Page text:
Career Woman

You’ve got this: Dealing with a disengaged employee


Dr Froswa’ Booker-Drew answers your questions, putting her years of experience and practice into the goal of solving those knotty problems that beset us, and assuring us: ‘you’ve got this’. If you’d like Froswa’ to look at your particular problem, email it to [email protected].

Question:  I’ve recently been promoted to head up a different team in the business. One of the team members is a bit of a problem. She gets her work done, but it’s without enthusiasm or even any sort of engagement. She sits with her earbuds in all day and doesn’t communicate with anybody, and her work pace is glacial, to say the least. My new immediate boss says they have tried, and failed, to manage her out of the business, but that he is expecting me to succeed to either get her engaged or get rid of her. I feel I’ve been handed a bit of a poisoned chalice. Kerry.


Congratulations on the promotion!  What an accomplishment!  You Go Girl!  Initially, when I read your note, I was wondering, what’s the problem?  If Ms. Ice Ice Baby (just joking) is doing her job, isn’t that the goal but upon further examination, there are a number of questions that exist.

  1. Does her job include public/customer facing and if so, is this creating challenges?
  2. How does her lack of engagement impact the team and their ability to build rapport? Is there a team morale issue or problems with productivity because of a lack of her involvement?
  3. Is there a disability present that could affect her ability to engage such as a mild form of Asperger’s? Not sure if you know this and I’m not that kind of doctor but if so, this should be a discussion with HR because of the need for interventions to assist in the workplace.
  4. What have been her experiences on the job? Has there been a situation (or situations) that has caused her to shut down and disconnect?  It might be important to get her point of view so that you have context and a better idea from her perspective.  Maybe she doesn’t feel heard and as a result, has learned to shut others out.  Great opportunity to build trust, if possible, by listening to her side of the story—if she’s willing to share.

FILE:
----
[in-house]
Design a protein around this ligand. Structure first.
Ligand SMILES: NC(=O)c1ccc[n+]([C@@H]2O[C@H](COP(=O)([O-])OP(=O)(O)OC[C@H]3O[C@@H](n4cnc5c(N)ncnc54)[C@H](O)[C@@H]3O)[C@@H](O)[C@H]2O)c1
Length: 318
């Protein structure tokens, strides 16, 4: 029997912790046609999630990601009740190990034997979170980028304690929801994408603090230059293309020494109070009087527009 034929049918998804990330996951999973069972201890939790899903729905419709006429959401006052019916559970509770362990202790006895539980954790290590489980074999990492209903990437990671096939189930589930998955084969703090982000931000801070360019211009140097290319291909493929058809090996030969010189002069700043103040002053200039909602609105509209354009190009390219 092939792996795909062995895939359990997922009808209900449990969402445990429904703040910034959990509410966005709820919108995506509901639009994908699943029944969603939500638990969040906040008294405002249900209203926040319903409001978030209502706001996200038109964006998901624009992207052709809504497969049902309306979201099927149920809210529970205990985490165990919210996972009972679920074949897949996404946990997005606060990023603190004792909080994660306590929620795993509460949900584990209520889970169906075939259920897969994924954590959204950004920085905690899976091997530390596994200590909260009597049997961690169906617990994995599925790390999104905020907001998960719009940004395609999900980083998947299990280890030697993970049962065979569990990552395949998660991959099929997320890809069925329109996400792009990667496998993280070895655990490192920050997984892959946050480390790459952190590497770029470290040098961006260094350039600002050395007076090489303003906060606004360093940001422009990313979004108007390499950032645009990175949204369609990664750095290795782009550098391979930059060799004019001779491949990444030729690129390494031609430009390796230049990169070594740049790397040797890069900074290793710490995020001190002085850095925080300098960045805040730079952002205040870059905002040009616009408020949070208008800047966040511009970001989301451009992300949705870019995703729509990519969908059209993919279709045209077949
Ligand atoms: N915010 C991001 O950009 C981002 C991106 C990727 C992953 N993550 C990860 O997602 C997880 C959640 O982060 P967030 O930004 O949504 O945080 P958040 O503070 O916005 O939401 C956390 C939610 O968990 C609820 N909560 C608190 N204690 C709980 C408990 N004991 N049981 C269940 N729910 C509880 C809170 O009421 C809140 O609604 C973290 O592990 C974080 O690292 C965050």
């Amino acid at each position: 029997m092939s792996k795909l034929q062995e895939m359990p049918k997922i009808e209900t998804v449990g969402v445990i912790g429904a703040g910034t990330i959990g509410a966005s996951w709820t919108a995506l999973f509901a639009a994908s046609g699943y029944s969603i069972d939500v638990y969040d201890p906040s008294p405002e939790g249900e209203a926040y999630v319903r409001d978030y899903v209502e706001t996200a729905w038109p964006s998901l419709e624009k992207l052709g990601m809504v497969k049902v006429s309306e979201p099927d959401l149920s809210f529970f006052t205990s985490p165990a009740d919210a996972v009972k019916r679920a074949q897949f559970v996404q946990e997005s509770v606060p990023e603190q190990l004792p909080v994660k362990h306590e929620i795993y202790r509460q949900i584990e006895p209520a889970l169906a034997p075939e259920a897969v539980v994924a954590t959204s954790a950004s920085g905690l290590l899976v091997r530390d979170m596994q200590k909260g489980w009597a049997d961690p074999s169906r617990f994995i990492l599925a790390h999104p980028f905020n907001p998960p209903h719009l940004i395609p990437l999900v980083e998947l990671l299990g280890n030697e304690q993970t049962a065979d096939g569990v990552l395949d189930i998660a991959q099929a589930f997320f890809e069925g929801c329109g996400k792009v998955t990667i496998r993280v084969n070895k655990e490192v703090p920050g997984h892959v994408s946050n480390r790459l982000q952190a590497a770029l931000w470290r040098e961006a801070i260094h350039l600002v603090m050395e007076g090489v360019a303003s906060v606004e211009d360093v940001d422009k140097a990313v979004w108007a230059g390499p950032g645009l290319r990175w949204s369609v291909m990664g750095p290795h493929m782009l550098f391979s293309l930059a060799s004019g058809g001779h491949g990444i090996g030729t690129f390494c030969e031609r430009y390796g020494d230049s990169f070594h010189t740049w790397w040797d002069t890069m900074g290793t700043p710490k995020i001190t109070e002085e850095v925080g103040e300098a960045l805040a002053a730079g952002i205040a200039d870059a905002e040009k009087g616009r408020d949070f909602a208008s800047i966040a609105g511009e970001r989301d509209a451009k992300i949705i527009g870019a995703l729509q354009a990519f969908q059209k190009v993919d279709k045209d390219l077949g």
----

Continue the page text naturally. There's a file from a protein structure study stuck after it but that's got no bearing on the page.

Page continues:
Kerry, I am typically highly relational.  I love people even though there are moments that there are some in our species that really work my nerves.  Overall, I find myself elated because of the friendships and relationships I have developed over the years at work.  I’ve also witnessed in my career that there are those who do not feel the same way about people the way I do.  For whatever reason, they are not wired to enjoy relationships in the way that I do.  As a leader, I’ve had to offer grace, coach, and learn my staff over the years and those experiences have confirmed that people are different in not only how they see the world but the way they approach work and interactions.  I’ve also seen jobs take the life out of individuals and day to day, they just do bare minimum because they don’t feel valued.  Just as I’ve asked others to adapt, I know that on this journey, through self-reflection and mistakes, I’ve learned to make adjustments for myself and others.

This even leads into the way your boss handled the situation.  I find it interesting that despite your boss’s attempt to address the situation, you are now given the task to fix it. Could it be that your boss sees you as a person who can solve challenges or is your boss an individual who is conflict avoidant?  Although you didn’t ask this, I think this could offer insight on dealing with your new boss and how they handle situations as well.  Just fyi.